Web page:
Haggis, brown sauce and Cambodia

Haggis the famous Scottish dish of animal blood and meat, a bunch of sheep guts, oats and intenseness thrown into a bladder and cooked up a treat! This is one of those many dishes that regularly makes lists of most rancid in the world, but is it that bad?

OK, so what exactly is haggis?

Haggis categorized as a savory pudding originating from Scotland. Haggis sheep’s pluck (heart, liver, and lungs), minced with onion, oatmeal, suet, spices, and salt, mixed with stock, and cooked while traditionally encased in the animal’s stomach.

Again it sounds pretty rancid, but actually has a gamey sausage like nutty taste. It is traditionally served with neeps (turnips) and tatties (potatoes) and is eaten on Burns night, a kind of weird Scottish pseudo new year thing.

Is haggis nice?

As I kid I never had an interest in trying haggis, but my old man got it one day and made me try it. I found it amazing, a bit like a met loaf, but with so much more to it. It is almost an offal meat pie/sausage type thing. I was a fan. But it was the net day that I would be introduced to genius haggis with brown sauce.

Haggis with brown sauce….

Brown sauce deserves its own article, which it will probably get, but it is a vinegar type brown welsh served almost exclusively in the UK as an alternative to tomato ketchup.

It is a combination of tomatoes, molasses, dates, apples, tamarind, spices, vinegar, and sometimes raisins. Slightly sweat and tangy it goes great with English chips and as I was to find out haggis!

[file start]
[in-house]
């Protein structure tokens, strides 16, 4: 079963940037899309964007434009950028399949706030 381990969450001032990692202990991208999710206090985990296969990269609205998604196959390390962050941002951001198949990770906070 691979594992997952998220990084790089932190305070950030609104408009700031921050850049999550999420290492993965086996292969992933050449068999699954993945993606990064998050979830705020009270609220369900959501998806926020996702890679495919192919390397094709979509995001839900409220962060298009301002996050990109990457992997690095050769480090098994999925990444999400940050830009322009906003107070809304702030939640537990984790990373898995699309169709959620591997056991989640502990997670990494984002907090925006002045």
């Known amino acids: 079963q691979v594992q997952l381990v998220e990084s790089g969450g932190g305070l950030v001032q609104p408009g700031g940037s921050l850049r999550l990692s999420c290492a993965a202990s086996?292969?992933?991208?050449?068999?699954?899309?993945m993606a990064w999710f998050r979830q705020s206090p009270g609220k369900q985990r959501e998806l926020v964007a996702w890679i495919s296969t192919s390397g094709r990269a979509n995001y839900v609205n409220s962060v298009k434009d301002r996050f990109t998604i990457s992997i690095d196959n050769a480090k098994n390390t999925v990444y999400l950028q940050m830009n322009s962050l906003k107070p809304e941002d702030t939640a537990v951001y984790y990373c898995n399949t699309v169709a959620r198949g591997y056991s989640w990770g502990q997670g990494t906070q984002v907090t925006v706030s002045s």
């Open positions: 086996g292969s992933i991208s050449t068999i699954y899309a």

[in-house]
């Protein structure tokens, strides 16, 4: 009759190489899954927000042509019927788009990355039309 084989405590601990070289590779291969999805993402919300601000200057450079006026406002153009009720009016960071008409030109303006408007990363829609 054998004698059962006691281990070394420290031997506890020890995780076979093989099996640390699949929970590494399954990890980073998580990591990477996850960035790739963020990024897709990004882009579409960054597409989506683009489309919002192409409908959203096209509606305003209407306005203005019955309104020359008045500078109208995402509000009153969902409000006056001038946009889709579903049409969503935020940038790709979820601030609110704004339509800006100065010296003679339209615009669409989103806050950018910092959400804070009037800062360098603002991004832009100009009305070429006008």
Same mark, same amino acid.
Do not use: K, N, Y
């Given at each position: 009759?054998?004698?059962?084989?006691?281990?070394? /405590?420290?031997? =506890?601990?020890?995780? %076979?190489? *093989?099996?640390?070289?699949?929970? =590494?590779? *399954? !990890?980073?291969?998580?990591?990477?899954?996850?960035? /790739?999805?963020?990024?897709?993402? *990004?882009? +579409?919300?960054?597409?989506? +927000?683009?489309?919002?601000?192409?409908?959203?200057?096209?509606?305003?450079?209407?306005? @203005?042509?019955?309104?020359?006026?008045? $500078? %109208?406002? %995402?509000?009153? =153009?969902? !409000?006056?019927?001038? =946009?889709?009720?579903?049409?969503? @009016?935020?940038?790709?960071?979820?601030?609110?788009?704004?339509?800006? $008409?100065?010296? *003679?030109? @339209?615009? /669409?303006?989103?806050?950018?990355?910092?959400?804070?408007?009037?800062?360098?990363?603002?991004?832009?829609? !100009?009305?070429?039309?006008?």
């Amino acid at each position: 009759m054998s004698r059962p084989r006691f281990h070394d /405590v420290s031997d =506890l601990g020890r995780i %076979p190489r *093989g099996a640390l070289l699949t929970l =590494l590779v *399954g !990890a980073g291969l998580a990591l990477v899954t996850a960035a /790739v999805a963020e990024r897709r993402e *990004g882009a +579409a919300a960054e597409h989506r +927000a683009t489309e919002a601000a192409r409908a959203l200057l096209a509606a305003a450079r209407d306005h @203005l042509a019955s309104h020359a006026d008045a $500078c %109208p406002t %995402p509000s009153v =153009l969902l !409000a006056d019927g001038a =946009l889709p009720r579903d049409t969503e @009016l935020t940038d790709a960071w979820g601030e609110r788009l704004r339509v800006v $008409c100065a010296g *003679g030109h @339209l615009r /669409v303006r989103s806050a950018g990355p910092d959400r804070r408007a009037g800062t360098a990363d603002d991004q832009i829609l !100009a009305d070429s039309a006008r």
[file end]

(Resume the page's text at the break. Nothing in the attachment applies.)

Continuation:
We had a bunch of haggis left over from the night before to which my father not only suggested we eat, but with a gleam in his eye suggested with have it with brown sauce. Cold haggis and brown sauce was a revelation, it stayed in my ind, but I was only to have haggis a few more times over the years (it is banned in places like Scotland), but I knew I would see haggis again.

Haggis in Cambodia

Living in Cambodia has good and bad parts, one of the good parts is the range of goods we can buy at Angkor Market, Siem Reap, which we affectionally call Kwanbok.

On my last visit I was to see a tin of haggis! It was about $4, so not all that cheap, but my word haggis! and Haggis by the tin that could either be cooked in a saucepan, or even microwaved. I was back.

Tinned haggis in Cambodia

On opening the tinned haggis it looked alarmingly like dog food, not ideal, but I threw it in the saucepan and started to cook a storm. Grant’s haggis turned out to be pretty good, not as good as fresh haggis i’ll certainly agree, but extremely nostalgic!

Haggis and brown sauce

The newt day I opened the fridge to the leftover haggis and decided to brig back another old favorite, haggis and brown sauce! I’ll add that even having brown sauce makes me lucky living in Cambodia, with me even having it imported into the UK, but have it I did and add it to the haggis did I!

Much more nostalgia and every bit as good as I remembered. And there you have it the Street Food Guy says this weird dish of haggis is not only worth eating, but go the extra yard and do cold haggis with brown sauce!

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